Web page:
Though fears of an oncoming recession remain potent, Las Vegas mortgage experts say existing and aspiring homeowners shouldn’t worry about a housing market crisis to rival that of the late 2000s.
Mortgage providers are much more well-equipped to face economic calamity than they were in 2008, and homeowners just need to know how to ask for help if they need it, said Andrew Leavitt, president of the Nevada Mortgage Lenders Association’s board of directors.
“Even though we’re going to go into a recession, the only time that housing values dipped as much as they did was ’08, and that was because of fraud,” Leavitt said. “And if you look at all of our prior recessions in U.S. history, housing values usually remain resilient and do not increase during a recession because it’s a tangible asset.”
Homeowners who are not familiar with the mortgage industry might be easily spooked by notices of foreclosure or short sale, Leavitt said, without realizing the number of options available to keep their home—such as federal COVID-19 relief or flex modifications that can lower their payment amount in times of hardship or uncertain employment.
Homeowners struggling to pay their mortgage can also reach out to the CARES Housing Assistance Program (CHAP), he said, which allocates up to $20,000 toward owed payments.
“And where these funds come from is actually from 2008,” Leavitt said. “Las Vegas was the hardest-hit city in the entire nation as far as the client property values, and there were bills that were passed … that gave us what’s called the Hardest Hit Fund.”
Financial hardships in paying mortgages haven’t necessarily increased, but rising rates of debt in other areas can affect one’s ability to make a payment, said Ryan Erekson, a loan officer at Guild Mortgage.
“So a lot of questions I’m getting are around just managing debt, or people asking if there’s any way for them to skip payments or lower payments to help with other debts they have,” Erekson said. “And then when those conversations come up, there’s a few different conversations we kind of work through to try to find solutions for them.”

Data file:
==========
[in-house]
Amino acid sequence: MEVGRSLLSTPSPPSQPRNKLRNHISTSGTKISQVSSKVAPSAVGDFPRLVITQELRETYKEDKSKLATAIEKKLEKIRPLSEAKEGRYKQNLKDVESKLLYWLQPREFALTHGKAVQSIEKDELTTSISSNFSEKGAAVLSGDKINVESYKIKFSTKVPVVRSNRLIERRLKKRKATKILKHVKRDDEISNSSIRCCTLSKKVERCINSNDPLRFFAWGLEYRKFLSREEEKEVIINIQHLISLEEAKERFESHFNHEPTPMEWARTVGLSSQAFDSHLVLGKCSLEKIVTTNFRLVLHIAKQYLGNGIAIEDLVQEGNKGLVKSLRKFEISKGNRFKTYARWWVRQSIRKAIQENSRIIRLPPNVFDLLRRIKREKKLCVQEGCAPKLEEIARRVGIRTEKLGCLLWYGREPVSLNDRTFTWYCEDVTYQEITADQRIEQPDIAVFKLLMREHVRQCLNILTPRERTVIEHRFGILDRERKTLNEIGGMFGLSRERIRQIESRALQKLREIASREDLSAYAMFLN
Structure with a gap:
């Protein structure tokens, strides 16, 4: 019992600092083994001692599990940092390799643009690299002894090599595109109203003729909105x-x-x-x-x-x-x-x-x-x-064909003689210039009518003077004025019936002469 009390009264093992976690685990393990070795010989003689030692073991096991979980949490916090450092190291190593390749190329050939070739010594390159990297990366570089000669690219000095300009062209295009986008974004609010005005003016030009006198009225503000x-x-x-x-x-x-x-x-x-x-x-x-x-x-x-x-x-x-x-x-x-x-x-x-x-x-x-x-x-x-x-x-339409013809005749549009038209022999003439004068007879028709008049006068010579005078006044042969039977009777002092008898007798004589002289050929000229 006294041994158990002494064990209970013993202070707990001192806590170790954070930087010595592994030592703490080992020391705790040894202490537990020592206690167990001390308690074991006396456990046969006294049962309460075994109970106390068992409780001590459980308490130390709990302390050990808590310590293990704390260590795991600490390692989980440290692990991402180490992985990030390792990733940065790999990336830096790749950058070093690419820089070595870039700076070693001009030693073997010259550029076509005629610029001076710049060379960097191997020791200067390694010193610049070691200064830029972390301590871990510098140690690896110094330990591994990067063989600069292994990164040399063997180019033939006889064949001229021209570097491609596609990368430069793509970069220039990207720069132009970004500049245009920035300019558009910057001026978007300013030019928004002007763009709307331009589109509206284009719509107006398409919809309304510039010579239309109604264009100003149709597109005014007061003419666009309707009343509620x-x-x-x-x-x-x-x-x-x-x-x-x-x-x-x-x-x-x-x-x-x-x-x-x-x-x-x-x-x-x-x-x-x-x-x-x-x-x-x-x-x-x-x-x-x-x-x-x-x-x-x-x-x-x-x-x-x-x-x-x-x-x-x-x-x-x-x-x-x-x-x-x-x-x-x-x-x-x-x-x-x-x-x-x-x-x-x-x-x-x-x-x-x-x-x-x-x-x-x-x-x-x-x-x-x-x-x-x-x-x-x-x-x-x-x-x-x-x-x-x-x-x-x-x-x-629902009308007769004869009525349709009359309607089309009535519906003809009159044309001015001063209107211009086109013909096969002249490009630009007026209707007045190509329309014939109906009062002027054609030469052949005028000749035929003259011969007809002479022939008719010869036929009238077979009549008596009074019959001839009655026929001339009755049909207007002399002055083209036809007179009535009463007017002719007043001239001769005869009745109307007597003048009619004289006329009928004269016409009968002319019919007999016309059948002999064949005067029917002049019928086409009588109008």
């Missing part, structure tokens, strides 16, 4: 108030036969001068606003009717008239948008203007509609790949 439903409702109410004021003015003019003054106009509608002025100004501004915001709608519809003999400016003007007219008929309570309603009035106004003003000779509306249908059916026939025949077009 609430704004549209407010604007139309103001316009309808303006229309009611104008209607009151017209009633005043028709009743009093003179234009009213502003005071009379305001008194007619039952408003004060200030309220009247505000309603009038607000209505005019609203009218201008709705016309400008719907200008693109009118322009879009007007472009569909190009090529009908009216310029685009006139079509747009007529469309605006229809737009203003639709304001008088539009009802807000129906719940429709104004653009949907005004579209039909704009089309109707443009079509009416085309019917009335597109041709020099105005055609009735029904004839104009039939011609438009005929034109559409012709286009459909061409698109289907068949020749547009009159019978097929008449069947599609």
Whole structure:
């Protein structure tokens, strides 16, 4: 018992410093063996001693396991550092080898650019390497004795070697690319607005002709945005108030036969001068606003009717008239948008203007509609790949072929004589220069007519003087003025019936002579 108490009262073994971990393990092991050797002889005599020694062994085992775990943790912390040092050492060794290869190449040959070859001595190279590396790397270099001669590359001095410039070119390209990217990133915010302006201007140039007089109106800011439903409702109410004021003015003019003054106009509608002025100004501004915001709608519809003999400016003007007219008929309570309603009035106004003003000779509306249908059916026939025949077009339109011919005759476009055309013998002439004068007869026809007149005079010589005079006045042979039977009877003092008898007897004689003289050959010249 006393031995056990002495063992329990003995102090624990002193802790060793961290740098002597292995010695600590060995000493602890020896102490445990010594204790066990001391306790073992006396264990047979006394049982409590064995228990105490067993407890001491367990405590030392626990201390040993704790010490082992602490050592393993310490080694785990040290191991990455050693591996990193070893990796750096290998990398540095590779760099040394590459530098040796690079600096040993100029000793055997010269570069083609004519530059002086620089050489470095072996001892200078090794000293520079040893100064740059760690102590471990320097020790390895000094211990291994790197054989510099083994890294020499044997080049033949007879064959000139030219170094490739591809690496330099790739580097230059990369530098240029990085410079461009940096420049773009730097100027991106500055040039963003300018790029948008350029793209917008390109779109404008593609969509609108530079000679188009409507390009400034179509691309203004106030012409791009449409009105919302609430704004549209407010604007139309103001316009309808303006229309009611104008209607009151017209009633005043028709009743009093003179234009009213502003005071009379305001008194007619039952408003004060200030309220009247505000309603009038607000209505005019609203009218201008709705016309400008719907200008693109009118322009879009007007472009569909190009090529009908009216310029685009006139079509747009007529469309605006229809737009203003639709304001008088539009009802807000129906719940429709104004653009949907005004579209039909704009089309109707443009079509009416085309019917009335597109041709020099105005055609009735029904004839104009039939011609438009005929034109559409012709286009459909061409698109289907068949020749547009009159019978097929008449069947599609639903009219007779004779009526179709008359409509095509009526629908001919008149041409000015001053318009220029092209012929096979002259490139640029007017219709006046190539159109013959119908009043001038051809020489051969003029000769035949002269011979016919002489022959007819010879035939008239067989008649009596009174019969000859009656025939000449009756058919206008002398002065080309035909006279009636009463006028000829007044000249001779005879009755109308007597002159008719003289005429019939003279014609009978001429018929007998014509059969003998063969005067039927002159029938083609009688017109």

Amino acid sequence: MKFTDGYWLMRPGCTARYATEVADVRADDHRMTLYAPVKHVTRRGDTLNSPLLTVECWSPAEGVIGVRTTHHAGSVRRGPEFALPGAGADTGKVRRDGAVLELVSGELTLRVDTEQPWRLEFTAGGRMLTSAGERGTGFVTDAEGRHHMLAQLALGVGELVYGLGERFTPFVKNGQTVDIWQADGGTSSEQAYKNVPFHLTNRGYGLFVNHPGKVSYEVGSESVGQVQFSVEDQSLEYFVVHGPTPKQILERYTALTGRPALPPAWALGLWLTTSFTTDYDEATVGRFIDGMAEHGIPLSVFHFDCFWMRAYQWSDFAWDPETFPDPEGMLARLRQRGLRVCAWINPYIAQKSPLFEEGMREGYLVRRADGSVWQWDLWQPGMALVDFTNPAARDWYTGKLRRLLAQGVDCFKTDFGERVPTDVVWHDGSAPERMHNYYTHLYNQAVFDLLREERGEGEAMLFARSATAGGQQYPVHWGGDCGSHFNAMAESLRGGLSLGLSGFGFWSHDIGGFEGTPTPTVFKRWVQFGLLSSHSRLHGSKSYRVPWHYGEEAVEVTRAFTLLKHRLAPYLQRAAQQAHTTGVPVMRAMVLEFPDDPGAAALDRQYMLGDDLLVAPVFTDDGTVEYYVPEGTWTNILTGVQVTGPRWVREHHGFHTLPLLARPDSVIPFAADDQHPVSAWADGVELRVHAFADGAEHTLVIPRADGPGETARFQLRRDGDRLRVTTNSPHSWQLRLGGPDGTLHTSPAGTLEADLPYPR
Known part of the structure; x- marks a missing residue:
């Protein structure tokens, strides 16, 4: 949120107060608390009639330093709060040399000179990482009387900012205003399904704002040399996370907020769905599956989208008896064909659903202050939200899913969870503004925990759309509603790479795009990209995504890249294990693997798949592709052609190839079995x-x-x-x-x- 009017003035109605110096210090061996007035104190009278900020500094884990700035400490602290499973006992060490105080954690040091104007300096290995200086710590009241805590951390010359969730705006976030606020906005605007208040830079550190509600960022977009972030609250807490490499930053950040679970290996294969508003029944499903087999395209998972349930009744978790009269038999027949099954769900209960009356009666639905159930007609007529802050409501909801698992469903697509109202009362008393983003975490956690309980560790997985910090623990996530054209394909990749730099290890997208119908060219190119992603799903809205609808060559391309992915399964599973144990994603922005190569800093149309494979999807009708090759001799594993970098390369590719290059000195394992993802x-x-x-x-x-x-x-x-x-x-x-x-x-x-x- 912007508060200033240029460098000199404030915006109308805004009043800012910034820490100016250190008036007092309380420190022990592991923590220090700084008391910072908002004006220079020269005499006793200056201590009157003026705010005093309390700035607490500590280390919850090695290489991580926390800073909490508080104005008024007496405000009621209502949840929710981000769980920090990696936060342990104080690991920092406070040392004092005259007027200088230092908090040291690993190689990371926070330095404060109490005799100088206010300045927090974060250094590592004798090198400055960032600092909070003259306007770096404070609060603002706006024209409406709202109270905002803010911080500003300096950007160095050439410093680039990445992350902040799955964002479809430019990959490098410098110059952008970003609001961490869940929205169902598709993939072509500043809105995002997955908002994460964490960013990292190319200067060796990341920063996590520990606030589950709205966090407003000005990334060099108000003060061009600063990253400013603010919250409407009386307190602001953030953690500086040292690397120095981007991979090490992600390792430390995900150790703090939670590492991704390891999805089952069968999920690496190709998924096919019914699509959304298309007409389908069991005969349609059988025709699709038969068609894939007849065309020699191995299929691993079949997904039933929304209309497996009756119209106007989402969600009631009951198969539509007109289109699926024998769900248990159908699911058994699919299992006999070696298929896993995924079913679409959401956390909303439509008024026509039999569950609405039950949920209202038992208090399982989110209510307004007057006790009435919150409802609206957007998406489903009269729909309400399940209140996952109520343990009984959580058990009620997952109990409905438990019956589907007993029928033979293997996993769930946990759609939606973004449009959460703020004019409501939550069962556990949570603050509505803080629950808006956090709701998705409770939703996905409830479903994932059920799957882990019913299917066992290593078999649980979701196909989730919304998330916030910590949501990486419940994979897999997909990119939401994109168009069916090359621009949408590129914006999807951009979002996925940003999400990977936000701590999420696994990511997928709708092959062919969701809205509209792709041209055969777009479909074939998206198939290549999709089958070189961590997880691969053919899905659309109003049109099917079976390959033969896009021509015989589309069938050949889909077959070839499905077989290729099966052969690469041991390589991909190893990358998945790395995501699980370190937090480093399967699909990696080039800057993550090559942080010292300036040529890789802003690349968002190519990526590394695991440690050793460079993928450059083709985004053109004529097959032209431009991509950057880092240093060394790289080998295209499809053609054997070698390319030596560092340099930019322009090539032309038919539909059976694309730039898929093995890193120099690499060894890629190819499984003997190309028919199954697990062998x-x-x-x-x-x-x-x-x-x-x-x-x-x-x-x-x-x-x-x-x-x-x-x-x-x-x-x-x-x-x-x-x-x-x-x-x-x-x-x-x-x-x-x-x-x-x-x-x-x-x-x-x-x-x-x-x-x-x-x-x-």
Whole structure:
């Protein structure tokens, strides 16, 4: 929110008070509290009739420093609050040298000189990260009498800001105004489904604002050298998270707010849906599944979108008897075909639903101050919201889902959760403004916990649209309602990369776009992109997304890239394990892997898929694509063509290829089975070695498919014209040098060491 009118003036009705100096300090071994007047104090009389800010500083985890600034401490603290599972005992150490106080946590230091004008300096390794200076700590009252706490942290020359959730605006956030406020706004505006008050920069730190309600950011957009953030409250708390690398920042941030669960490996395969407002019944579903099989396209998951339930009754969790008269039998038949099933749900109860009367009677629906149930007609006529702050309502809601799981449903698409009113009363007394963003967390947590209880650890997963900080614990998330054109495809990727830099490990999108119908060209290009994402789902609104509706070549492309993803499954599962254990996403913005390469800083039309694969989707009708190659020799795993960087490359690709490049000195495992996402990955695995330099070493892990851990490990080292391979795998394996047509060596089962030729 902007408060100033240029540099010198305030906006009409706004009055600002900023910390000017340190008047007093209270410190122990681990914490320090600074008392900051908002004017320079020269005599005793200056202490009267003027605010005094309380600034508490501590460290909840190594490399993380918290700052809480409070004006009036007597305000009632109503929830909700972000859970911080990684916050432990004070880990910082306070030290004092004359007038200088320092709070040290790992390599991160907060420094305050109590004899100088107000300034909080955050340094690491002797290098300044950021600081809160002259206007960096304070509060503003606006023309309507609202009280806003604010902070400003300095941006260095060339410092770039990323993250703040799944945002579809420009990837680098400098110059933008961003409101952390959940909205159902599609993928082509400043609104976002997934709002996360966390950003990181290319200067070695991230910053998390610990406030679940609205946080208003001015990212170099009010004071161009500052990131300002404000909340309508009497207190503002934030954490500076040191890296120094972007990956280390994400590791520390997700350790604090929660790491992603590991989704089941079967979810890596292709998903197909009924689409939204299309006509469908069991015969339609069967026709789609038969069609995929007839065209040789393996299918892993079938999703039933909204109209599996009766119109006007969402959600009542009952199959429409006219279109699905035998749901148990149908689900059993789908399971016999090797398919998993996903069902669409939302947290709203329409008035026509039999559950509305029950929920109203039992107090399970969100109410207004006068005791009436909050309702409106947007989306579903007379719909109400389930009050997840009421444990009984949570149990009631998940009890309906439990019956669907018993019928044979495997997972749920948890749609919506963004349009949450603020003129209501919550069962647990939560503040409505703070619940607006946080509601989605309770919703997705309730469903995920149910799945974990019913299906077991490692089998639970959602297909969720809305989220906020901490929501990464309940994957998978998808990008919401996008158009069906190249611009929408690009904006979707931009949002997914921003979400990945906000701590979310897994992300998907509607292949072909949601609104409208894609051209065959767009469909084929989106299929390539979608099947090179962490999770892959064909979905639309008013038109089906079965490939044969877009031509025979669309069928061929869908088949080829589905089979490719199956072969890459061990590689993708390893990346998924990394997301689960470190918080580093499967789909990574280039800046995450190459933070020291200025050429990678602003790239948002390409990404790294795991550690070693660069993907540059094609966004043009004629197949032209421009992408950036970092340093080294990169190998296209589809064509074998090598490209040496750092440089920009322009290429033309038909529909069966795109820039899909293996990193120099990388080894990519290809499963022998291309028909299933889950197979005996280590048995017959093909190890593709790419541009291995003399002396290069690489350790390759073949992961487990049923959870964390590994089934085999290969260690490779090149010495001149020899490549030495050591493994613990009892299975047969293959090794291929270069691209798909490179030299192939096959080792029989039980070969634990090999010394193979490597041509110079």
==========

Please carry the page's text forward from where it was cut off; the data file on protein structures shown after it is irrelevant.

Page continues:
Wells Fargo is encouraging customers to take advantage of the Homeowner Assistance Fund—both federally and at the state level—which can provide thousands of dollars in aid to those feeling the lingering effects of COVID-19 or who may make their mortgage payment but, as a result, struggle to pay property insurance and similar expenses.
“They’re putting their mortgage first,” said Martin Sanchez, Wells Fargo vice president of mortgage sustainability in the western region. “But we want to ensure our customers are comfortable with making their mortgage payment—not a hiccup or flat tire away from really not being able to make it or sincerely struggling.”
Though the Nevada Homeowner Assistance Fund primarily began as a response to the pandemic, it’s since been adjusted to reflect recurrent, relevant financial hardships, according to Rumaldo Chaidez, housing and education coordinator for Chicanos Por La Causa, a nonprofit that has supported Las Vegas homeowners for more than a decade.
Fears of widespread foreclosures following the pandemic have not come to fruition, Chaidez said, though his organization has seen a lot of need when it comes to homeowners paying their mortgages, particularly due to decreased employment or unemployment.
Applications for assistance have steadily increased recently, he said, and Chicanos Por La Causa partners with the Homeowner Assistance Fund to act as a middleman for people seeking aid.
“Our job is to do outreach to these folks, and get them in the door,” Chaidez said, noting that some homeowners might not seek assistance due to technological barriers. “People tend to start the application and kind of let it go, but that’s what we’re here for. We’re here to walk them through the process and complete that application to either get the approval or the denial.”
Most providers are willing to listen to a plea to postpone a forced sale while homeowners seek assistance, he said, and the worst they can do is say no. “It is never too late to ask for help,” Chaidez said.
All mortgage companies have a hardship hotline for customers, with options ready for assistance, Erekson said. The primary way customers can face financial hardship or prepare for it is by openly communicating with their mortgage companies, he said, and seeking help when they need it.
“Mortgage companies honestly don’t want to foreclose on people,” he said. “They want them to stay in their homes, they want them to make payments and they’re more than willing to try to help.”